In chess, just like in life, things do not always go as planned and it’s a sea of ups and downs but it is all about how we weather the storm and bounce back, Candidate Master (CM) Godfrey Kabera said after winning the Easter Open Chess Classic tournament that concluded last Sunday night.
Kabera, the Director General of National Planning and Research at the Ministry of Finance, is arguably Rwanda's best chess player, but last month he failed to qualify for a place on the national team that will carry Rwanda’s flag at the Chess Olympiad 2018 later this year.
The qualifiers found Kabera in poor form having not prepared sufficiently with a busy work schedule. Immediately after last month’s National Leadership Retreat, Kabera lost matches in quick succession and bowed out. Winning the Easter Open Chess Classic tournament was, clearly, a boost.
"The Easter Open Chess Classic was quite intense and competitive. Players gave it their best till the very end. The last game was decisive anything could have happened so I had to concentrate and focus to get the win. I am very pleased to have won such a strong tournament and especially happy with the quality of the games,” Kabera told Times Sport.
Most importantly, given his recent failure to make the national team for the Olympiad, he added: "In life there are always ups and downs, what matters is how one reacts to bounce back from the downs. This win is exactly the kind of reaction needed. Hopefully this will be the beginning of a good run."
From Friday to Sunday, Kabera put in a stunning performance as he put to rest the ghost of his defeats during the final phase of Chess Olympiad qualifiers last month.
Only his round six and final game against Kenyan, Naftaly Wachira Mwangi, who proved to be a tough nut to crack, gave him a hard time but he worn it anyway.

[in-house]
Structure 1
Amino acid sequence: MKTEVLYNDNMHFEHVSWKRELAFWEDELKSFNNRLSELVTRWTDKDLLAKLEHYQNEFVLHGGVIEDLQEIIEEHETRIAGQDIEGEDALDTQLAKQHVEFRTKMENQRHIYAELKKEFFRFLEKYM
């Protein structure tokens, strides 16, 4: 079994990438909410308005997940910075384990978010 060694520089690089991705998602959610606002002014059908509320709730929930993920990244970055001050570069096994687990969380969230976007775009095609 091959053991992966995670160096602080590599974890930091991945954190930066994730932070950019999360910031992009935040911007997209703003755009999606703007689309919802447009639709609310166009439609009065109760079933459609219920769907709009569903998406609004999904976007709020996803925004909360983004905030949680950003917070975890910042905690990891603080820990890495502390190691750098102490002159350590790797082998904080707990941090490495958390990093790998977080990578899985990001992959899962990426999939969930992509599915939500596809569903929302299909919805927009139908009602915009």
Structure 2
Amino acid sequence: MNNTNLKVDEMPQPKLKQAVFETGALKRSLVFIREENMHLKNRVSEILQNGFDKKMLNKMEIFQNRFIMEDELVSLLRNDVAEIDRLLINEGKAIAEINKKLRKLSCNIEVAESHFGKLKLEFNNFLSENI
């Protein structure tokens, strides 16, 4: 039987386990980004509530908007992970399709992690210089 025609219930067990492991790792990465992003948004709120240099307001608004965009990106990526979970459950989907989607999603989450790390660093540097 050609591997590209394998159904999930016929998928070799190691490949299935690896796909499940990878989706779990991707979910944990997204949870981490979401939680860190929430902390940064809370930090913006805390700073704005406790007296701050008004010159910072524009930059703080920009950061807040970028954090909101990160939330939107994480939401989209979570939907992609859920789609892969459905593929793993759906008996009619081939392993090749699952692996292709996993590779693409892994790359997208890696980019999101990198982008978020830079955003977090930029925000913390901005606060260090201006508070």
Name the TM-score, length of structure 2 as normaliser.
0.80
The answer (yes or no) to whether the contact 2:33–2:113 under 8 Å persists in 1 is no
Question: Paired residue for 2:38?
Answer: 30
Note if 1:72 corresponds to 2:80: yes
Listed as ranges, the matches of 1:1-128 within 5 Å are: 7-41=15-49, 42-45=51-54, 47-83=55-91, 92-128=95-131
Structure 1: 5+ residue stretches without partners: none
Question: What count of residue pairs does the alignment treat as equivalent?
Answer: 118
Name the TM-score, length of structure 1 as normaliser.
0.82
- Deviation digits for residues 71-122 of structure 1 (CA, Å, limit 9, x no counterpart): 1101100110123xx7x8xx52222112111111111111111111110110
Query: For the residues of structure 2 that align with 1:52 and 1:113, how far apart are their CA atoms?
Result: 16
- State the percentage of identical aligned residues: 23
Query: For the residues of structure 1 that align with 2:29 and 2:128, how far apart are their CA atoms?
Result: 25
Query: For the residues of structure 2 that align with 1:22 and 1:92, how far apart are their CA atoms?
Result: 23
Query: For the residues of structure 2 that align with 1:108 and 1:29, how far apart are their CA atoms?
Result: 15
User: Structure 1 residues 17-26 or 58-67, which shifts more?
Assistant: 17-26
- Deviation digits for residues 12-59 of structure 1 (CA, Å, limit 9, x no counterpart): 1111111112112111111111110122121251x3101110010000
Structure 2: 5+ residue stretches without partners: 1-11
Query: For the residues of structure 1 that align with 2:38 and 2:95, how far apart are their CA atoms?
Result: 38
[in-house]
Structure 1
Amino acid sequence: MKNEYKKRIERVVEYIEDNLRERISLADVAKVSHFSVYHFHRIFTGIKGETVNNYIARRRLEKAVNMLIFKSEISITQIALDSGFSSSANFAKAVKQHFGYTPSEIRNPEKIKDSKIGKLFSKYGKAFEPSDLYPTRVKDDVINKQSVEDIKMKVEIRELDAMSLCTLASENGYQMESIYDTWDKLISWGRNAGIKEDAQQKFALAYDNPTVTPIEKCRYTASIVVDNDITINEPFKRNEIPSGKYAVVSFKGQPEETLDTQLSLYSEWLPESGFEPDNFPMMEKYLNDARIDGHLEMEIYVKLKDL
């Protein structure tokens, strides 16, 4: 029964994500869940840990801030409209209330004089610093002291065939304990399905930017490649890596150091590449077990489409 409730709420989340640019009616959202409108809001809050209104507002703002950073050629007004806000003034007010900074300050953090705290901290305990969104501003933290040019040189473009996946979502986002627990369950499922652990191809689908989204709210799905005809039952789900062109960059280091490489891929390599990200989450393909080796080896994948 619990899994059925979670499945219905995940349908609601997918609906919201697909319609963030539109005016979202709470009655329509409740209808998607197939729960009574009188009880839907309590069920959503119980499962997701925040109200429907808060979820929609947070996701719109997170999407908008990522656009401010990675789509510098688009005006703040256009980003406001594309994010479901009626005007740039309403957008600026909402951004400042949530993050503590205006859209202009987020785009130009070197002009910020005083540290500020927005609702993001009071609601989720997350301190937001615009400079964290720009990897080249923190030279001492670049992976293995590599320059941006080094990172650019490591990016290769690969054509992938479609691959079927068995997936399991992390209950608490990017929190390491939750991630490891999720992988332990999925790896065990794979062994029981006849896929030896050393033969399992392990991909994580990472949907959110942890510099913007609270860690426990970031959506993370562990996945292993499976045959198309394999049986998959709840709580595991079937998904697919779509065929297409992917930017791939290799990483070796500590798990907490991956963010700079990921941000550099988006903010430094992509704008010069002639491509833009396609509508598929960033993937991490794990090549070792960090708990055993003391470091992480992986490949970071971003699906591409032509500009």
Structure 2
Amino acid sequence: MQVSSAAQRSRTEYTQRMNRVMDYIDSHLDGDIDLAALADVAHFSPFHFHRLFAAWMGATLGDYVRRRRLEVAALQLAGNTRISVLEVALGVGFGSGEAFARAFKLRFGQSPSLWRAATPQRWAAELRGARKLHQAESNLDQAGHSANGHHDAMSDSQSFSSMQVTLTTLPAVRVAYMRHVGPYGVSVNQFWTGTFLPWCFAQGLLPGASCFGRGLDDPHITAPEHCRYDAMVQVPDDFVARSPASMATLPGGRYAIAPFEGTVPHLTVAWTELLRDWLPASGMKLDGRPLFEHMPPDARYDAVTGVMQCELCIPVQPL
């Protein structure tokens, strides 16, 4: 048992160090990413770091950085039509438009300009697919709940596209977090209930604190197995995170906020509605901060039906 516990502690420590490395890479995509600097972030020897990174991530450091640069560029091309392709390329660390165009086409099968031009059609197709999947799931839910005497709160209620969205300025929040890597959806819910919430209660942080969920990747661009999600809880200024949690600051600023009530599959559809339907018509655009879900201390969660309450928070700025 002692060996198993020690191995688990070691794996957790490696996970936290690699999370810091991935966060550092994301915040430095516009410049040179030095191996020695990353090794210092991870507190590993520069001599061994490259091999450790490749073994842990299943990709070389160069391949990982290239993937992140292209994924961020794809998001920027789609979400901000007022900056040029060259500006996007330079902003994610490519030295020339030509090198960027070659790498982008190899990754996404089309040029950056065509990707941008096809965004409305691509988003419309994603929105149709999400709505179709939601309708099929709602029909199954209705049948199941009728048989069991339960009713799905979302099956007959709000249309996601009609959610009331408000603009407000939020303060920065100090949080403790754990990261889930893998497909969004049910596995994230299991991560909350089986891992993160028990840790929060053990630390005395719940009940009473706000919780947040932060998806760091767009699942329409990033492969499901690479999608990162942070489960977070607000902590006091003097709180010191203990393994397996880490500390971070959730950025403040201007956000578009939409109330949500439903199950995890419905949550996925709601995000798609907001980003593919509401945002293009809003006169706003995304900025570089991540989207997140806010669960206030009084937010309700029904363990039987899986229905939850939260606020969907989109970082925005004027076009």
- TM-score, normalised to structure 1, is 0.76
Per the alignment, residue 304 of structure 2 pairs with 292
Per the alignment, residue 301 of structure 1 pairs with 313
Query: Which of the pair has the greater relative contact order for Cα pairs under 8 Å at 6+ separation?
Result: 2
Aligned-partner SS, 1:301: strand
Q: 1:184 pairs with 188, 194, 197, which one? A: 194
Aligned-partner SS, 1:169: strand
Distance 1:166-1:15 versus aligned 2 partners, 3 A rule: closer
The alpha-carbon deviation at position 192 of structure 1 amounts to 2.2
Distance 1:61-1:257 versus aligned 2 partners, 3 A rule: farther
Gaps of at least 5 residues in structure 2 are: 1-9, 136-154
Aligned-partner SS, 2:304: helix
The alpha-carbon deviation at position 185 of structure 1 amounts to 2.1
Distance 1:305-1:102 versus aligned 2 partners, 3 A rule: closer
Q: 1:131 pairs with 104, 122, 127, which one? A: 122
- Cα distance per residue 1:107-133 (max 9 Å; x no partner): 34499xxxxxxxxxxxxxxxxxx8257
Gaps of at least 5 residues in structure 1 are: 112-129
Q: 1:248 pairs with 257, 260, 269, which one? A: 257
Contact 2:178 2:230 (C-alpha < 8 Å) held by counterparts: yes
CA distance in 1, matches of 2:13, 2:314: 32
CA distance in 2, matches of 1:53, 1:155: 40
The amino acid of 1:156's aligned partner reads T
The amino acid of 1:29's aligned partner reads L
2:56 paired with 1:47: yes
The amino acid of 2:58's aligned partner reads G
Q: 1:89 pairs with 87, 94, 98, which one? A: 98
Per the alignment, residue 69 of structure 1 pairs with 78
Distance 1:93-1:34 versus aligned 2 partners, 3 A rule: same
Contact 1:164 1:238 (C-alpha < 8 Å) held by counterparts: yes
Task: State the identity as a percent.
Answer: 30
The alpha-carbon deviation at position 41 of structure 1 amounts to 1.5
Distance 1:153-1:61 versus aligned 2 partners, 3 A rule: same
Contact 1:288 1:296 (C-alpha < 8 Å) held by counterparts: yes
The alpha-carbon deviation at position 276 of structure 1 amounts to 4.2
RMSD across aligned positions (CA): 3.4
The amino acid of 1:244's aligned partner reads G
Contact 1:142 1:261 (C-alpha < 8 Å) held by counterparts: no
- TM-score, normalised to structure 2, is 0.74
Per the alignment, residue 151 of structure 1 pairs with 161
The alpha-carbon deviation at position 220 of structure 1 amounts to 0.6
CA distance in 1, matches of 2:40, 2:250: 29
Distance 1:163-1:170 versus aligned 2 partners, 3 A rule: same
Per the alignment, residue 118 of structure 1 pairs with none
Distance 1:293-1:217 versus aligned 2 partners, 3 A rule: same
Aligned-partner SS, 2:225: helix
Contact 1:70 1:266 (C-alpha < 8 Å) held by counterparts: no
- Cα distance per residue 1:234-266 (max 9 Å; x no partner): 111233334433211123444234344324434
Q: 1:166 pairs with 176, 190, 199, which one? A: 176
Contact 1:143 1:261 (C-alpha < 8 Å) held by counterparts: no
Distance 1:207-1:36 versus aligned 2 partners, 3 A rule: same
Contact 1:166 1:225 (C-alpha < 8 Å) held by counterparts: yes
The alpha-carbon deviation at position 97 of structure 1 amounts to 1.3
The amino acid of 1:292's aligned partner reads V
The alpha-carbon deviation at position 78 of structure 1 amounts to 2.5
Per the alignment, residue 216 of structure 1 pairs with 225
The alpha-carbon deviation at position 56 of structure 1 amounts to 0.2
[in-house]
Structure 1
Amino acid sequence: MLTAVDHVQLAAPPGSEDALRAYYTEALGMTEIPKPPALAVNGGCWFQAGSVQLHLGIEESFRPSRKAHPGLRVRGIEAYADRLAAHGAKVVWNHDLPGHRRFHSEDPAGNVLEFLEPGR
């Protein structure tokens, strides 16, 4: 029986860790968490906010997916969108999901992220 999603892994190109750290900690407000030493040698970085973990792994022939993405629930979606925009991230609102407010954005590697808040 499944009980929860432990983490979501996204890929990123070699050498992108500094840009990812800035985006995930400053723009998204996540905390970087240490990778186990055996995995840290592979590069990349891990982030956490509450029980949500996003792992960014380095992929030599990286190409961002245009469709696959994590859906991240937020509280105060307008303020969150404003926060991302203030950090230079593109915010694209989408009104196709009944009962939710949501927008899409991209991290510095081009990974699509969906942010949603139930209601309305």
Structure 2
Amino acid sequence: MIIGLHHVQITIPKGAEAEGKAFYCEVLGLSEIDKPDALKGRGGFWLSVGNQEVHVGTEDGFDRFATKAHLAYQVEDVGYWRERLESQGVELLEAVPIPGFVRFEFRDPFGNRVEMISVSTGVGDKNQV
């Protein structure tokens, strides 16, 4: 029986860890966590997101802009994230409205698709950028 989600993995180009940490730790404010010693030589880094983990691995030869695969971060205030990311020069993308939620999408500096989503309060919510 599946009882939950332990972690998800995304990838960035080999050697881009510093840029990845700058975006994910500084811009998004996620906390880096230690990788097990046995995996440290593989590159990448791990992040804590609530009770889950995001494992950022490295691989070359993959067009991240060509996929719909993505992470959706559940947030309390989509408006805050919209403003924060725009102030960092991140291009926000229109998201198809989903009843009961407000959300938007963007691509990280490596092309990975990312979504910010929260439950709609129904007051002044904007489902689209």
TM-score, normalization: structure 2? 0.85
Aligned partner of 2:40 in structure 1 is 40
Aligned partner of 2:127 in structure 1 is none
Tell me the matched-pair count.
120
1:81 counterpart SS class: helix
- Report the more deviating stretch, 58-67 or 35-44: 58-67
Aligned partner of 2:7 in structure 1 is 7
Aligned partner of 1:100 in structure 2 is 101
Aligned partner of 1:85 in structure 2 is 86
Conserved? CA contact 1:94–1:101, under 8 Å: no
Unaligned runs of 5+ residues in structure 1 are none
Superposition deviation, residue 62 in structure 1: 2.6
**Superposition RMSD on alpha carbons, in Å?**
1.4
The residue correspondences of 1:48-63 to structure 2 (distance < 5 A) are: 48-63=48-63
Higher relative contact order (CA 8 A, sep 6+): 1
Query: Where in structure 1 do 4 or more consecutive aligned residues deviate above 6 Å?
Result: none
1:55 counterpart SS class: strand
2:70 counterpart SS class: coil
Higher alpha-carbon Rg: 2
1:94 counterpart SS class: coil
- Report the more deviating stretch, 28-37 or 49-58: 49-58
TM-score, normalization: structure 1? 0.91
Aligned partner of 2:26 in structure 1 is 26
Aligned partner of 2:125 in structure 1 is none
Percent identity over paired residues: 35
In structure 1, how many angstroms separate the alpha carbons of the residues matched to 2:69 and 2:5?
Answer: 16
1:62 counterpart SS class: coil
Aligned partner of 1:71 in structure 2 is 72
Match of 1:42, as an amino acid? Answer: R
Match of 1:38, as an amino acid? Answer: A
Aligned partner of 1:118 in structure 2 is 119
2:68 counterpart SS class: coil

Mwangi, an auditor with PricewaterhouseCoopers-Rwanda who was the tournament’s second best, admitted he faced a better opponent in Kabera.
"It was really a tough game. When you are playing a final and against the best, you know that the stakes are high,” Mwangi told Times Sport.
“Kabera was really good; I waited for him to make a mistake but he held on, then I lost tempo and he capitalized. He deserved the trophy! Congrats to the CM."
Third and fourth were Rwandans, CM Maxence Murara and Valentin Rukimbira.
Among others, a player who flew in from Juba, South Sudan, for the tournament, Michael Alier Noah, was awarded the best unrated player’s medal. Noah was sixth in the tournament.
Teenagers Sandrine Uwase (reigning national women champion) and Ian Murara Urwintwari, both 15, who will travel with the national team later this year were best female and young player, respectively, and also went home with merited medals.
The duo and three other teenagers are set to represent Rwanda at the Chess Olympiad 2018 in Batumi, Georgia from September 23 to October 7.
The Chess Olympiad is a biennial chess tournament where teams from all over the world compete. It comprises open and women’s tournaments, as well as several events designed to promote the game of chess.